India’s men (for the World Test Championship Final and a five-Test series), India’s women (for a multi-format series) and Pakistan’s men (for limited overs internationals) are all due in the country this summer, despite being on the Government’s red list, which only allows entry to British nationals.
The teams will be able to quarantine at the Ageas Bowl near Southampton, rather than in a Government facility, when arriving for their tours.
The conditions of quarantine will be more stringent for those arriving from the red-listed countries than for New Zealand’s men’s team, who arrived in the country this weekend and are also based at the Ageas Bowl.
New Zealand is on the green list, while Sri Lanka – who are also touring for white-ball action – features on the amber list at present.
The agreed conditions only cover players and support staff, not their families. Negotiations between the relevant organisations around getting families of the India men’s team – who are here for around four months – into the country are likely to continue.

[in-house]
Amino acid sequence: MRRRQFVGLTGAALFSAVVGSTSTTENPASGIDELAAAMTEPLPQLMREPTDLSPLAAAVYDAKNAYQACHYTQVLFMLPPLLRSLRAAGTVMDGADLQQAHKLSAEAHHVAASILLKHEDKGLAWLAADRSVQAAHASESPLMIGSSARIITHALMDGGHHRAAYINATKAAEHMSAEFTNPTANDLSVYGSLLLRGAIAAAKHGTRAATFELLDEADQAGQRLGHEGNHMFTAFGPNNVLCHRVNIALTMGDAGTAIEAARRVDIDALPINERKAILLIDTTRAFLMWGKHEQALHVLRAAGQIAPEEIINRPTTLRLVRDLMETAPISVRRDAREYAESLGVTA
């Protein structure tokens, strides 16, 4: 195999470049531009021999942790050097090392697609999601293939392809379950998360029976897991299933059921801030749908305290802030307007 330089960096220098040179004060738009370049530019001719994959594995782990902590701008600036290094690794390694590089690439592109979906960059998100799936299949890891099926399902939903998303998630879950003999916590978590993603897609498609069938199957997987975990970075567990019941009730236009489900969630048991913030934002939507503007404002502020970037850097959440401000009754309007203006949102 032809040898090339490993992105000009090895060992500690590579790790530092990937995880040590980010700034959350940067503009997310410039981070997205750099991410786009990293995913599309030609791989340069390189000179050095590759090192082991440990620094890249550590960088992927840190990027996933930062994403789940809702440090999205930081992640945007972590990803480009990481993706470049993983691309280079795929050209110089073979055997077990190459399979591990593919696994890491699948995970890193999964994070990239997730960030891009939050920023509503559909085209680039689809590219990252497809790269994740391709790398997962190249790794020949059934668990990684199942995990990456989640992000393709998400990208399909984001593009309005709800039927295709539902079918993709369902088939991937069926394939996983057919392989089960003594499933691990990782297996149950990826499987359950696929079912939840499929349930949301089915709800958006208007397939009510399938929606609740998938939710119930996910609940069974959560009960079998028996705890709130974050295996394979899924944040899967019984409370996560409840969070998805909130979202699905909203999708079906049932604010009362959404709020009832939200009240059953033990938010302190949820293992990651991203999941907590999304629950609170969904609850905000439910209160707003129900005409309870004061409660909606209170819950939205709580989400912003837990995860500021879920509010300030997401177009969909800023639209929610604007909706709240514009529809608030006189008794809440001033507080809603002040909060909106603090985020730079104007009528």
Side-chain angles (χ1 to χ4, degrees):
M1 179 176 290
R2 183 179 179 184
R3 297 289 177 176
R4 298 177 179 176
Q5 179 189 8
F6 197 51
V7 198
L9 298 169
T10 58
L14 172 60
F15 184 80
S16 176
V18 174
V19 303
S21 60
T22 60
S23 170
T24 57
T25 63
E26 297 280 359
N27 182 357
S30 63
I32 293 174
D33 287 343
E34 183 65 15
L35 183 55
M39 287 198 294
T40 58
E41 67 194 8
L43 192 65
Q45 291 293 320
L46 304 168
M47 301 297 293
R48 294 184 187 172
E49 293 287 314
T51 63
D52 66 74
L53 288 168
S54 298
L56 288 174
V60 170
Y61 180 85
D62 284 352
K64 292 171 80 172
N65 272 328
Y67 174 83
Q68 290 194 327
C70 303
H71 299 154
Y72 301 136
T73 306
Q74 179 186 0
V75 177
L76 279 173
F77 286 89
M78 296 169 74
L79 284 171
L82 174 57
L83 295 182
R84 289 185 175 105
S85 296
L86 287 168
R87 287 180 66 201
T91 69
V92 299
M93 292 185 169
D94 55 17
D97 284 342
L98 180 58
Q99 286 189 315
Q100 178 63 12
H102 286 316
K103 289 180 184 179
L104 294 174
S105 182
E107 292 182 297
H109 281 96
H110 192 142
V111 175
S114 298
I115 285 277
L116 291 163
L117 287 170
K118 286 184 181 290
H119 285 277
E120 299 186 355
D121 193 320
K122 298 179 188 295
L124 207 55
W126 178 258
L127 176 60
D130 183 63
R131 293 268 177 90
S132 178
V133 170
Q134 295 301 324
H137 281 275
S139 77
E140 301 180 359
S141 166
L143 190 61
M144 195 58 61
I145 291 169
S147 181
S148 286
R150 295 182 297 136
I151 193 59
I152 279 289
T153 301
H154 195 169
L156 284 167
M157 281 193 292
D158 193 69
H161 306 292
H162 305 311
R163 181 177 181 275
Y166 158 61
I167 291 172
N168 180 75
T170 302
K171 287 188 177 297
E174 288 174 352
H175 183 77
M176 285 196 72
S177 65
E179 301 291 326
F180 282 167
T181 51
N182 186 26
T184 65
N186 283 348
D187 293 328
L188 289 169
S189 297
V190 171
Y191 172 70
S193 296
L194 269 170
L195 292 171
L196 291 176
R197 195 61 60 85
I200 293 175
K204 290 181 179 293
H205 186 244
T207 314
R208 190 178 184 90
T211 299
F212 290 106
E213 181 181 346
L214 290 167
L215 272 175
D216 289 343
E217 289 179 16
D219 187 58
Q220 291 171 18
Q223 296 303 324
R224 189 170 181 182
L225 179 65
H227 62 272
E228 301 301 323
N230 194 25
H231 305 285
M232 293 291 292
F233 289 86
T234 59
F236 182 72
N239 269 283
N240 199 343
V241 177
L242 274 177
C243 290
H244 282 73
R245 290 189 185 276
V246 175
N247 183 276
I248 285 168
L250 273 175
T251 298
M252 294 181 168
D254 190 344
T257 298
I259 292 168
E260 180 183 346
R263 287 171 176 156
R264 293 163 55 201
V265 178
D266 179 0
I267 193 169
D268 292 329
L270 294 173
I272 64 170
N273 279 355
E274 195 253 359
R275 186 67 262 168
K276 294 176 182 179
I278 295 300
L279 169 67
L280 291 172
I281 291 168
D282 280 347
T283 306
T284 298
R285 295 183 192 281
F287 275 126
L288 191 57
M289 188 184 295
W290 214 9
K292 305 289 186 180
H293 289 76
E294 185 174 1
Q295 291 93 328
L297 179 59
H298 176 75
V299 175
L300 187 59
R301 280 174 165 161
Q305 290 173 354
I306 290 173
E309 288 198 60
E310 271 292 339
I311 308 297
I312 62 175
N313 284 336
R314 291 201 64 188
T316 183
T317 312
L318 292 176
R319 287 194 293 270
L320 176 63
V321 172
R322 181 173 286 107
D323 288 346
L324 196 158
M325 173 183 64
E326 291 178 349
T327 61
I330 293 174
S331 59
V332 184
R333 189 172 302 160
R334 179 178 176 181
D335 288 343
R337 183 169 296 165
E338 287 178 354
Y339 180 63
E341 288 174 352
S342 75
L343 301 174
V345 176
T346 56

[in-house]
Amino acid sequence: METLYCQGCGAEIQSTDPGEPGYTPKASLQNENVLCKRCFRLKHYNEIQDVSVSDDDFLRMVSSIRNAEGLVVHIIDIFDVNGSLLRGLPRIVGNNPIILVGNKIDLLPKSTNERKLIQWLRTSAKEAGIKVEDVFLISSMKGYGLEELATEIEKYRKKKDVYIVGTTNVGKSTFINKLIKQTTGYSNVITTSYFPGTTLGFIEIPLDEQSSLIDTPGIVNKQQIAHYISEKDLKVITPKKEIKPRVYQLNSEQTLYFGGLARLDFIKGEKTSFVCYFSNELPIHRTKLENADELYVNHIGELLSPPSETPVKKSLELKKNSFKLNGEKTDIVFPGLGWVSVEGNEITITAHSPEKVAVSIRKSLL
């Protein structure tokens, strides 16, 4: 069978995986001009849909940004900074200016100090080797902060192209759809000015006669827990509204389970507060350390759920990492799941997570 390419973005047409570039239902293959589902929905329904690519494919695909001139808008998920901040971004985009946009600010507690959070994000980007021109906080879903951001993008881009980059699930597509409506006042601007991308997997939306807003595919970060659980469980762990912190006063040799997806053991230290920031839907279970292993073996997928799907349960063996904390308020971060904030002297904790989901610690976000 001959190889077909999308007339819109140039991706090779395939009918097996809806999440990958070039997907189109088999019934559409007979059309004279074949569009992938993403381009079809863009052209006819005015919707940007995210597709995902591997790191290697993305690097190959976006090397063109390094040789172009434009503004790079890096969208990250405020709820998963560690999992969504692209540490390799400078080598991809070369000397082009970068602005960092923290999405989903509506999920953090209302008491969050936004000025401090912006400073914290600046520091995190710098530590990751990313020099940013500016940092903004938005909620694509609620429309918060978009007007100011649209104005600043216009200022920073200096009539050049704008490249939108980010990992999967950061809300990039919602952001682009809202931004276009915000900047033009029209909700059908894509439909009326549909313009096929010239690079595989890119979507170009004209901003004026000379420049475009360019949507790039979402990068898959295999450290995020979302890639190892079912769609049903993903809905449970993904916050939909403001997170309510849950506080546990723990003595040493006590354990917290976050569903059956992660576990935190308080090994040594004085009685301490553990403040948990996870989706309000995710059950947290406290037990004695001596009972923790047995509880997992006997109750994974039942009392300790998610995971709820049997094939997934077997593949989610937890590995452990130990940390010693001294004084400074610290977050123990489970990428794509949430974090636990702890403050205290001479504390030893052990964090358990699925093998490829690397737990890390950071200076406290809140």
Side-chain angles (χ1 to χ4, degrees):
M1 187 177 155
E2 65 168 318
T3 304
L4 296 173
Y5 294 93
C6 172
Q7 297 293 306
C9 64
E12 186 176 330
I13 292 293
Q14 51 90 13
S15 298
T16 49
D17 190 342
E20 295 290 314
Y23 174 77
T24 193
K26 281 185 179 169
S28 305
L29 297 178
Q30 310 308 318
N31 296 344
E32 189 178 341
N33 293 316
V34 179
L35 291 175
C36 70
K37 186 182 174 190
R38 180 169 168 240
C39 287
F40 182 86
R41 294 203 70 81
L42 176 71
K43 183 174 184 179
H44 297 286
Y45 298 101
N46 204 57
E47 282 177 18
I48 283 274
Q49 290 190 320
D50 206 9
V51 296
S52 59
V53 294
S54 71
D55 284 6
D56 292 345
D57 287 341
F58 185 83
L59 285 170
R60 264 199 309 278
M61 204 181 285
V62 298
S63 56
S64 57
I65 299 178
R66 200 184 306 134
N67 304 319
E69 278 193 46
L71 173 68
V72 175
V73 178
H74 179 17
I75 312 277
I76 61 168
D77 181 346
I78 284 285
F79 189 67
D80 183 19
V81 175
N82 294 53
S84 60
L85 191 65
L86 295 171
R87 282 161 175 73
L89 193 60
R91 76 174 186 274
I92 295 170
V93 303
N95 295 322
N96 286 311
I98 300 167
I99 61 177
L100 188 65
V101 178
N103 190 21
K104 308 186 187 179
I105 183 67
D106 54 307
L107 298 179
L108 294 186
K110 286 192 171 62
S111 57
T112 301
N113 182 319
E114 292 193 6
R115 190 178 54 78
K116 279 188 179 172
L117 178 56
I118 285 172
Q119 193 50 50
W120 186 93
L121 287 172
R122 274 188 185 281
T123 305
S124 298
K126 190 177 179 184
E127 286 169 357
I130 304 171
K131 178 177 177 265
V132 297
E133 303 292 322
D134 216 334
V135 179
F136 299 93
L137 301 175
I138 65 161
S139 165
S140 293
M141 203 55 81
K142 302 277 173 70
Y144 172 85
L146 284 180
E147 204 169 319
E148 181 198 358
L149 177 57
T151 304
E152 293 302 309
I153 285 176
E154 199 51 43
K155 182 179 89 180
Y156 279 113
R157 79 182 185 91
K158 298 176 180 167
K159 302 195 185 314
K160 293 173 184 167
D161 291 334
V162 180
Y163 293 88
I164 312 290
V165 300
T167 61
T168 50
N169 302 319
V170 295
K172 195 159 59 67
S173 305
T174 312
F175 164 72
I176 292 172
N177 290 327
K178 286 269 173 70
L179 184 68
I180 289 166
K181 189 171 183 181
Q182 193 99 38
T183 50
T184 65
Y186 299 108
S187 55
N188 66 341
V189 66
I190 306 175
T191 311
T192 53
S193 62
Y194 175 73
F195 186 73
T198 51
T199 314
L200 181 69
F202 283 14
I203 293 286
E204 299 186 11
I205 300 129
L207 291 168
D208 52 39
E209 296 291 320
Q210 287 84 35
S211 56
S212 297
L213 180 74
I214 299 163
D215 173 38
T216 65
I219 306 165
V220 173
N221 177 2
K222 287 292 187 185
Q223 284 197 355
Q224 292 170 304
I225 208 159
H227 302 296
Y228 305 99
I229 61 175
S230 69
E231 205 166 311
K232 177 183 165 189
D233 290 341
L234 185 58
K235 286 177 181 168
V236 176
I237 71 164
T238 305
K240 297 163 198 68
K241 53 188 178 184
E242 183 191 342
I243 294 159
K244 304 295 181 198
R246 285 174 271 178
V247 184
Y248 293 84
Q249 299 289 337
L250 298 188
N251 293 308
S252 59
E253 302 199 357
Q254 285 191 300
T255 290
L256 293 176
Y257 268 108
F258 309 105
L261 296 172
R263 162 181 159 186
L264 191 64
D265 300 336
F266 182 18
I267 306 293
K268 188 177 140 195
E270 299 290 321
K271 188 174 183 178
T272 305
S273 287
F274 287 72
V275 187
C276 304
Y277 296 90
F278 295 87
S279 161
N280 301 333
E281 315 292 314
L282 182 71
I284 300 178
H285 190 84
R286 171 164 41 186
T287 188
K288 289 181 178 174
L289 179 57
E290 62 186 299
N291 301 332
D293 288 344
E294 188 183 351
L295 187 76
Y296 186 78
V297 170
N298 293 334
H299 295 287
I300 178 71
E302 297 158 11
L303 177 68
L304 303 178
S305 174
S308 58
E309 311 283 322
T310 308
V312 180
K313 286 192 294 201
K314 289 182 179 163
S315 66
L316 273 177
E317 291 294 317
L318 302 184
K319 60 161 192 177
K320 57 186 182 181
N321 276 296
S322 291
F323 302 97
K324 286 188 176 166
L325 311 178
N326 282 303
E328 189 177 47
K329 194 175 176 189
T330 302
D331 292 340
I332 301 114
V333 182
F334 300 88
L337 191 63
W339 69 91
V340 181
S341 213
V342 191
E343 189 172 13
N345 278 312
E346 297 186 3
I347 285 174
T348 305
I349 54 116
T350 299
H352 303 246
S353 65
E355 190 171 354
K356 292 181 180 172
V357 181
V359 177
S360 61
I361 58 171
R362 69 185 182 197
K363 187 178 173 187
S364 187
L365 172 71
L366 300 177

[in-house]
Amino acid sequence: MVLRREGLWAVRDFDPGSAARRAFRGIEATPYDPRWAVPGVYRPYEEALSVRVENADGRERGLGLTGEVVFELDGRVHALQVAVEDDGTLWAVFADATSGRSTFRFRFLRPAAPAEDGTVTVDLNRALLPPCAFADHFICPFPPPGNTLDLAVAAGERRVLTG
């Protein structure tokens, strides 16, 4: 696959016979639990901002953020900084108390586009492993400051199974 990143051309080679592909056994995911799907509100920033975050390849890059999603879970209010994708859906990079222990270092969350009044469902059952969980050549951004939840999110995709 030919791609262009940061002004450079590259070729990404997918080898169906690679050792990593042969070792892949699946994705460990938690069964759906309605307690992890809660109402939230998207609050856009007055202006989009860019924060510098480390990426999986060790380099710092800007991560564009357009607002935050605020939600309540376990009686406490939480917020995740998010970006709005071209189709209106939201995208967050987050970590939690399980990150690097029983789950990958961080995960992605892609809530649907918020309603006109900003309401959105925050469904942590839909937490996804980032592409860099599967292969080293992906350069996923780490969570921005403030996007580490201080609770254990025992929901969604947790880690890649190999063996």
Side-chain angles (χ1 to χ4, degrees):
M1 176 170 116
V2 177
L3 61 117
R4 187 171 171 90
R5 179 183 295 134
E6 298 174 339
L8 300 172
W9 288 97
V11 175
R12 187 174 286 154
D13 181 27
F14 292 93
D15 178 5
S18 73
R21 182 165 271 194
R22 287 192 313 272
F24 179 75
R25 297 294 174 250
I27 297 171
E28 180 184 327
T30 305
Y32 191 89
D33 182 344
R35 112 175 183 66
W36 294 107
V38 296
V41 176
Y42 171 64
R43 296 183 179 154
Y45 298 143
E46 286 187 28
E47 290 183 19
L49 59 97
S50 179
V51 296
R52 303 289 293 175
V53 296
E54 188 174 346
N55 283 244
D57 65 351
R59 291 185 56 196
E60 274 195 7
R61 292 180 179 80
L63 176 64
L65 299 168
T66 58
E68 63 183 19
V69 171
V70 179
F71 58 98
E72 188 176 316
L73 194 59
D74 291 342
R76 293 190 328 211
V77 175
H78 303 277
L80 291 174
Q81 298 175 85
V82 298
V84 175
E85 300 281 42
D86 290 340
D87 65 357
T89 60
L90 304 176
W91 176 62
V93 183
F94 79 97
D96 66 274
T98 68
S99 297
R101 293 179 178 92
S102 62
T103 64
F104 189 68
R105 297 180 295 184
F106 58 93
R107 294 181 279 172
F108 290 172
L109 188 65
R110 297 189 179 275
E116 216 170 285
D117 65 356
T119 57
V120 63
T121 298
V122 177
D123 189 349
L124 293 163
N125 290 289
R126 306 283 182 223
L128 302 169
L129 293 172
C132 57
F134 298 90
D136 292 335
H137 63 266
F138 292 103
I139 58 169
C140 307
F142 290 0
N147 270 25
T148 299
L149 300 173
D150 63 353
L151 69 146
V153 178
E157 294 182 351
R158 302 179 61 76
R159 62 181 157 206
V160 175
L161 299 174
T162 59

These conditions also only cover international action, not the Hundred. The quarantine conditions for players arriving from red-listed countries, such as Pakistan and South Africa, for that tournament are not yet clear.
The situation around overseas players in the Hundred has already been significantly complicated by the naming of Australia’s squads for their tour of the Caribbean in July. Seven of the nine Australians in the men’s Hundred have been called up and a number of West Indies players, such as Andre Russell and Keiron Pollard, are likely to be selected to face them, endangering participation in the Hundred.
England are due to name their squad for the New Zealand series, which begins on June 2, on Tuesday afternoon. They will be without Jofra Archer, as well as those players who have recently left quarantine having returned from the Indian Premier League (IPL).
Archer could have surgery as soon as this week as he sees a consultant to map the best road to recovery for the right elbow that has caused such persistent issues in recent years.
He made his first-class return for Sussex last week, picking up three wickets in the early part of the game against Kent, before being unable to bowl towards the match’s end.
Surgery could rule Archer out for much of this summer but, with the injury preventing him from bowling at top speeds pain-free, it is likely to be seen as a worthwhile investment in his future, with a T20 World Cup and Ashes looming this winter.